Jimmy Rollins, wearing a black-knit cap to protect his head from a chilly breeze, flicked the switch that lit the red and white bulbs on the enormous Christmas tree outside Citizens Bank Park Saturday night.
The Phillies, of course, are hoping that come April their shortstop will again be the trigger man for what they still believe can be the most explosive offense in the National League.
Rollins, 32 and entering the final year of his contract with the Phillies, said he has every intention of rebounding from his injury-ravaged 2010 season with a big year in 2011.
"If I'm healthy. Well, I'm going to be healthy, so yes," Rollins said. "All I have to do is stay healthy and I will produce."
The three-time all-star and 2007 National League MVP played in a career-low 88 games last season and batted a career-worst .243 with eight home runs and 41 RBIs. He was hampered most by a calf injury, but also suffered a hamstring injury late in the season. Rollins' injuries and lack of production forced manager Charlie Manuel to move him out of the leadoff spot in the batting order for every game except one in the postseason.
There are a couple of reasons Rollins is confident that 2011 will be different.
"Because I believe in me," Rollins said. "If I don't believe in me, then I might as well quit."
An ultra-confident attitude is certainly nothing new for Rollins, the man who once pronounced the Phillies as the team to beat in the National League East when most everyone else was sure that team was the New York Mets.
Something that is new for Rollins this off-season is his workout.
Two days after the Phillies were eliminated from the National League Championship Series by the San Francisco Giants, general manager Ruben Amaro Jr. suggested that some of his players might need to take a different approach to their off-season workouts.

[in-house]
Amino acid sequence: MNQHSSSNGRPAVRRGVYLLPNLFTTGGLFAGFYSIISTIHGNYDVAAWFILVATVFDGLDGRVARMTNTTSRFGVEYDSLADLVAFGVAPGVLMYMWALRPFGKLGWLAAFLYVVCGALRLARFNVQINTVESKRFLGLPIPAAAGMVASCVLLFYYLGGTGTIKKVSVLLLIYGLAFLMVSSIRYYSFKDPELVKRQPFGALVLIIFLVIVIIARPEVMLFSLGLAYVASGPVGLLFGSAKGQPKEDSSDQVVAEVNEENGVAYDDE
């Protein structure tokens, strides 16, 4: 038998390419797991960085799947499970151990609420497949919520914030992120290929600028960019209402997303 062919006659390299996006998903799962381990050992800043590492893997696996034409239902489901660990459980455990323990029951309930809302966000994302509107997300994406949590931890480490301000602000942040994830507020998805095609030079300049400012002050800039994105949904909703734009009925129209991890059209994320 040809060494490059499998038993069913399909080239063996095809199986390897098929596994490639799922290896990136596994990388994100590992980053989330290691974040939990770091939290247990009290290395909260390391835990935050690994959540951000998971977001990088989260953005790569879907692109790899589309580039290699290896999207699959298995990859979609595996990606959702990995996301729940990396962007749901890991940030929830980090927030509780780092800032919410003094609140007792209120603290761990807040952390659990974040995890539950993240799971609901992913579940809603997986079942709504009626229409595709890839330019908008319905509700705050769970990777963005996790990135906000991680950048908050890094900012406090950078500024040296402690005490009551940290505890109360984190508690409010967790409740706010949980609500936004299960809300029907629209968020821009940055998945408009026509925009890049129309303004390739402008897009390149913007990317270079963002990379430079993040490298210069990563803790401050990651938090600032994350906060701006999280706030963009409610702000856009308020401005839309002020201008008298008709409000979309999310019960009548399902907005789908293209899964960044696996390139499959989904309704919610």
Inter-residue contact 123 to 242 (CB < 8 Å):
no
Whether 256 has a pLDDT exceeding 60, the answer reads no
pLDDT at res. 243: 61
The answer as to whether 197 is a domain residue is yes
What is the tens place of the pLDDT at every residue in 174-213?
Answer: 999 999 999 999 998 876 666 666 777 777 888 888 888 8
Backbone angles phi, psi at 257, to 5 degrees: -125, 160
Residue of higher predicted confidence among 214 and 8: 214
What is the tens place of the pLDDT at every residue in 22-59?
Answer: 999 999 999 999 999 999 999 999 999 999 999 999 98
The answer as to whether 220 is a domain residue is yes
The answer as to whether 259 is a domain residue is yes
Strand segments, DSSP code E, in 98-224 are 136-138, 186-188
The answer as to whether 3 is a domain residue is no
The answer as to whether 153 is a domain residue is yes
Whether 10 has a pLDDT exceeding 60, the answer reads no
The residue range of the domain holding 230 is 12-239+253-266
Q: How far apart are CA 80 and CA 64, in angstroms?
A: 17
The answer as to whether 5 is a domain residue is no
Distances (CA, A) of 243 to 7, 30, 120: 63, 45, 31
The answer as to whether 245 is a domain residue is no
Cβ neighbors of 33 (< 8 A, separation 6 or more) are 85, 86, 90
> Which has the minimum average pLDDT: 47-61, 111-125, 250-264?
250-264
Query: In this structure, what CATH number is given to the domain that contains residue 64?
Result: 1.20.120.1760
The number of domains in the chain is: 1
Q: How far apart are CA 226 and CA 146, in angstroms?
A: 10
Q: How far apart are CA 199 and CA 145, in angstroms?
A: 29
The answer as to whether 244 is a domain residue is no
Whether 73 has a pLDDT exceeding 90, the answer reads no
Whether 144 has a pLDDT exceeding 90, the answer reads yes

Rollins has done that with the help of his wife, Johari.
"That's my yoga instructor," he said.
Rollins said he had never done yoga before.
"This is the first time I've even spoken that word," Rollins said. "It's actually been pretty fun. I even have some yoga pants. Don't tell anyone, though. Stretching is boring, but if you're doing yoga, it doesn't seem like you're just sitting there doing stretching. Static stretching works for some people, but the trainers thought I needed to be doing more active stretching, and yoga is a form of more active stretching."
Rollins said he plans to head to Clearwater, Fla., some time next month as he prepares for a season that will likely determine his future with the Phillies.
He watched fellow shortstop and future Hall of Famer Derek Jeter go through some contentious negotiations with the New York Yankees before finally settling on Saturday. Rollins believes he will play well enough in 2011 to force the Phillies to keep him, but he knows the business side of the game can be ugly.
"It's business and [the Jeter negotiations] were the usual: 'We have to make the player look bad and greedy so the fans are on our side,' " Rollins said. "The player is going to say, 'How are you going to do that to me?' but his point never gets across. It is what it is."